Well, useful thoughts anyway.”
I start by mulling over this feeling I have about what I want to say, and in time something drifts along that triggers an idea on how I can convey the concept across. Then comes an intense period of putting all the ideas rushing about in my head down on paper. The first draft can take anywhere from twenty minutes that are supremely satisfying and productive, or endless months of agony and frustration and failure. That’s writing. Re-writing is never less than misery. I re-wrote the first sentence of Oliver and his Alligator over forty times.
I try to emphasize the energy of each page design to the emotional content of what was happening at that point in the story. Angles suggest excitement;
round shapes, contentment. Choppy, crisscrossing forms: agitation.
I probably spend too much time on this stage, but I really believe
the most important story I am telling is the emotional story.”
(Click to enlarge image)
Sketching begins shortly after the words start to come together. Once I start sketching, I find most of the words begin to disappear, simply because I don’t need them anymore. A lot of really great lines get tossed. A lot of really great sketches get tossed, too. I enter a long period of reduction of both the writing and drawing, winnowing without sentiment the ideas that don’t focus the story. It’s as if, after giving birth to many, many lovely children, I murder the ones that don’t fit in. Pretty brutal, really.
All my dummies are assembled in InDesign; using the program gives me the most flexibility to make changes. I make a lot of changes.
Paul: “These are just a few of the versions of Oliver and his Alligator,
giving proof that I never do anything right the first time.”
that worked for me. I drew this during the Sendak Fellowship,
which got me thinking of Maurice again. Miss that guy a lot.”
Being primarily an illustrator, I suppose I naturally favor art, but I do find pictures can be so much more succinctly expressive and subtle in their meaning than text. I believe illustration also has the potential to more deeply involve the reader. With my own art, I try to invite readers to seek meaning in expressions, body language, or through visual clues. I endeavor not to tell the story directly but make enough suggestions so my reader moves beyond being a watcher and, instead, becomes a participant. I have read the recent articles regarding progressing kids out of picture books quickly. That is an idea I believe to be very harmful, robbing children of some fine opportunities to hone essential skills. Being able to decipher visual clues is extremely beneficial. We should remind ourselves that words, powerful as they are, are still only ONE form of communication. (But I rant and digress.)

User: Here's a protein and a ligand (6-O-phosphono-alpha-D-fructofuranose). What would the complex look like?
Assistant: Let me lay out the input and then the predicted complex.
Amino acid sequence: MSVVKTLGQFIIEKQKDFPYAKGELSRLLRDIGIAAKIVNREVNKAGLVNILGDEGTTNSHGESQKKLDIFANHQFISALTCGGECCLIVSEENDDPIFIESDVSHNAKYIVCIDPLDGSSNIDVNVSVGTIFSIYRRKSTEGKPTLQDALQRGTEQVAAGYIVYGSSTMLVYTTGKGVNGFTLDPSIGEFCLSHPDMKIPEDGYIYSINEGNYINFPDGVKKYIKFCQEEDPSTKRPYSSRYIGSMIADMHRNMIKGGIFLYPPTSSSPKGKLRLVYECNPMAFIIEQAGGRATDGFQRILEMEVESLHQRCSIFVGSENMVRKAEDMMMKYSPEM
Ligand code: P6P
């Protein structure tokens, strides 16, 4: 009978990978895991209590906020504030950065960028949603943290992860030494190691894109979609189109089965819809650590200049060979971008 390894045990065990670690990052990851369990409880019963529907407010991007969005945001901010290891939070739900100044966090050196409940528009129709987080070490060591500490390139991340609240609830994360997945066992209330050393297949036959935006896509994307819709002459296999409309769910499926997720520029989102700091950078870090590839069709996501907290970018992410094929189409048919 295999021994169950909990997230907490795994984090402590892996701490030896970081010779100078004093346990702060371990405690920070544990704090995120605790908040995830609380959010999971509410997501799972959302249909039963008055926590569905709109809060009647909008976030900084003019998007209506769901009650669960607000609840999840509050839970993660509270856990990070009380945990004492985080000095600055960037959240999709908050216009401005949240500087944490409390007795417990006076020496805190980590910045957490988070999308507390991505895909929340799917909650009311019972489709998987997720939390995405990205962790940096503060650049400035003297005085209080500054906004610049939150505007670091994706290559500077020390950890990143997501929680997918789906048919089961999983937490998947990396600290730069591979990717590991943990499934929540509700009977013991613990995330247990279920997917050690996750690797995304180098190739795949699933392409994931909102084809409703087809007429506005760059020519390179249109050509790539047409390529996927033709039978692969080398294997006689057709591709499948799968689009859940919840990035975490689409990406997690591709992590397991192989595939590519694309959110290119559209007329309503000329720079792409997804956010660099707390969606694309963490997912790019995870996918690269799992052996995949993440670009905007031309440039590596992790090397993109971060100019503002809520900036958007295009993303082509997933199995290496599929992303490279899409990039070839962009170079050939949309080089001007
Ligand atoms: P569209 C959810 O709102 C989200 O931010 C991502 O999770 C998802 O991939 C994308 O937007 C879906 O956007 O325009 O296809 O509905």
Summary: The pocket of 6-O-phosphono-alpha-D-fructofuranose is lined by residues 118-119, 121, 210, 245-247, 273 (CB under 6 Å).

I draw inspiration for my finished art and the design of the book from a wide range of sources. In fact, I steer myself away from looking at most kids’ books at this stage. I tend to agree with Susan Sontag: “The only interesting ideas are heresies.” So, I dig into Japanese prints, German poster design from early last century, Beardsley, Andy Wyeth, Ben Shahn, all sorts of random things.
2. Jules: Describe your studio or usual work space.
Paul: My studio is in a spare bedroom in our home. One wall is nearly entirely cork. I can pin up to three books-in-progress on that wall, pecking away at things until the deadline takes them away.
that my work isn’t good enough yet, and to remain unknowing,
so possibilities are still possible. Oddly enough, I find this inspiring.”
(Click to enlarge this one)
3. Jules: As a book-lover, it interests me: What books or authors and/or illustrators influenced you as an early reader?
Paul: I felt Robert Lawson’s illustrations for The Story of Ferdinand were exquisite. That lovely ink line, his strong design. His illustrations gave me an aching sense of beauty, which I have been yearning to achieve in my own work ever since.